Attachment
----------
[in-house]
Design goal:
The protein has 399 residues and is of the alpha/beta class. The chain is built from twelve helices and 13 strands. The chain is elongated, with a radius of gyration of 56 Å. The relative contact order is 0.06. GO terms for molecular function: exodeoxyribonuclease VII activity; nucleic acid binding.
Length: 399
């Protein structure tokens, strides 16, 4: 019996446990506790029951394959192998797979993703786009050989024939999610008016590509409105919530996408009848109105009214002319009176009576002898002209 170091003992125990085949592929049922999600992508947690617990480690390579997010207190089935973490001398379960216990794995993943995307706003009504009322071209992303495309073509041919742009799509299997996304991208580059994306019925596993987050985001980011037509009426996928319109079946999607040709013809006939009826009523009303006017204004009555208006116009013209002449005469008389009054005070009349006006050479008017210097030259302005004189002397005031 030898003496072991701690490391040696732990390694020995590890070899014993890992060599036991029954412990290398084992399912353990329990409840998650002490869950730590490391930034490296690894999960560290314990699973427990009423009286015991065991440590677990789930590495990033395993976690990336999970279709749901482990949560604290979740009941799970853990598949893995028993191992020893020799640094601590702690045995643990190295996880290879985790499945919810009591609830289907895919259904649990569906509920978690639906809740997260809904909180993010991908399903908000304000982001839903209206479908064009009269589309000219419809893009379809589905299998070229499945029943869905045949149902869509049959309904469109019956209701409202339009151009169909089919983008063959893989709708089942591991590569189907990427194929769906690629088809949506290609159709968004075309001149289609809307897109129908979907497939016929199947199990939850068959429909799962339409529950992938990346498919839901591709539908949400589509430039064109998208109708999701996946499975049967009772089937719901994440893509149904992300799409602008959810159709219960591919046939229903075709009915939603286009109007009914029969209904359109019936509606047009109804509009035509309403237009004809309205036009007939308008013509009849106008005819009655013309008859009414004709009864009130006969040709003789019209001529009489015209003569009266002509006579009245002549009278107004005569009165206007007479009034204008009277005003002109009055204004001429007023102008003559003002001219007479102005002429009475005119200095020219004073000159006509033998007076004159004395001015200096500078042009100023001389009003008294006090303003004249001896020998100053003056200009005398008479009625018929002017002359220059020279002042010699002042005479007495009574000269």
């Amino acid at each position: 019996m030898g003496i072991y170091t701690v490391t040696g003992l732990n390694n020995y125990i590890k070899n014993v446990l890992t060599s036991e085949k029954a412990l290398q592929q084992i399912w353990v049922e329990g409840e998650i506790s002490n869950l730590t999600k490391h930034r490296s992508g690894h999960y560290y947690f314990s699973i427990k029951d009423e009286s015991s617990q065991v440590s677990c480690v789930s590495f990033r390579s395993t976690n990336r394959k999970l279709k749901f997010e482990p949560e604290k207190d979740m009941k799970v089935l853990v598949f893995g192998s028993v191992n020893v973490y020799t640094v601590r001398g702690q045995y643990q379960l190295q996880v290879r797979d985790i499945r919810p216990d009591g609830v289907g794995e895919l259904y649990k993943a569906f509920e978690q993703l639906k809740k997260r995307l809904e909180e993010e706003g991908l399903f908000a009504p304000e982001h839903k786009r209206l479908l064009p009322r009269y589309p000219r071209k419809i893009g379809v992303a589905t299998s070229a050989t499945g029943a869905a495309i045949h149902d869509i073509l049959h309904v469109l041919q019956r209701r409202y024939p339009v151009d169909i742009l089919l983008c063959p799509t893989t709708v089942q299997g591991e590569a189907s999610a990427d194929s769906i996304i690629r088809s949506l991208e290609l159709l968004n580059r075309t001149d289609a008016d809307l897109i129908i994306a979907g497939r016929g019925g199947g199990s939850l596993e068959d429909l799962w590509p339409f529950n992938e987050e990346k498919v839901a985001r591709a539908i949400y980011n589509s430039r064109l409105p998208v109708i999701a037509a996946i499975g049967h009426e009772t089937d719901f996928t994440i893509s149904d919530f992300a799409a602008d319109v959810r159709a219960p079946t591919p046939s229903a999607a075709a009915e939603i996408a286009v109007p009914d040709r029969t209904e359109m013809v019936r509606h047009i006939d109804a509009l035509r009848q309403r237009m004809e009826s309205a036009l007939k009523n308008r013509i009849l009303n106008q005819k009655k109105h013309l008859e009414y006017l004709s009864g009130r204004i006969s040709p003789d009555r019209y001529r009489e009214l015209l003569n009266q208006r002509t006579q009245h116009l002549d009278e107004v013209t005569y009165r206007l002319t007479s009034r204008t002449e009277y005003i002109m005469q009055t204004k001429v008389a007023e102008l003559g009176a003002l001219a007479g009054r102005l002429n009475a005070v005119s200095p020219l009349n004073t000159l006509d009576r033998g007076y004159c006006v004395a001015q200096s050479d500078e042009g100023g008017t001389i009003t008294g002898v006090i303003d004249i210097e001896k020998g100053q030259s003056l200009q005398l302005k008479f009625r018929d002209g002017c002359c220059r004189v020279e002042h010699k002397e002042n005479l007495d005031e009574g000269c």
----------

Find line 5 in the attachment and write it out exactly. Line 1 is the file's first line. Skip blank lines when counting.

């Protein structure tokens, strides 16, 4: 019996446990506790029951394959192998797979993703786009050989024939999610008016590509409105919530996408009848109105009214002319009176009576002898002209 170091003992125990085949592929049922999600992508947690617990480690390579997010207190089935973490001398379960216990794995993943995307706003009504009322071209992303495309073509041919742009799509299997996304991208580059994306019925596993987050985001980011037509009426996928319109079946999607040709013809006939009826009523009303006017204004009555208006116009013209002449005469008389009054005070009349006006050479008017210097030259302005004189002397005031 030898003496072991701690490391040696732990390694020995590890070899014993890992060599036991029954412990290398084992399912353990329990409840998650002490869950730590490391930034490296690894999960560290314990699973427990009423009286015991065991440590677990789930590495990033395993976690990336999970279709749901482990949560604290979740009941799970853990598949893995028993191992020893020799640094601590702690045995643990190295996880290879985790499945919810009591609830289907895919259904649990569906509920978690639906809740997260809904909180993010991908399903908000304000982001839903209206479908064009009269589309000219419809893009379809589905299998070229499945029943869905045949149902869509049959309904469109019956209701409202339009151009169909089919983008063959893989709708089942591991590569189907990427194929769906690629088809949506290609159709968004075309001149289609809307897109129908979907497939016929199947199990939850068959429909799962339409529950992938990346498919839901591709539908949400589509430039064109998208109708999701996946499975049967009772089937719901994440893509149904992300799409602008959810159709219960591919046939229903075709009915939603286009109007009914029969209904359109019936509606047009109804509009035509309403237009004809309205036009007939308008013509009849106008005819009655013309008859009414004709009864009130006969040709003789019209001529009489015209003569009266002509006579009245002549009278107004005569009165206007007479009034204008009277005003002109009055204004001429007023102008003559003002001219007479102005002429009475005119200095020219004073000159006509033998007076004159004395001015200096500078042009100023001389009003008294006090303003004249001896020998100053003056200009005398008479009625018929002017002359220059020279002042010699002042005479007495009574000269």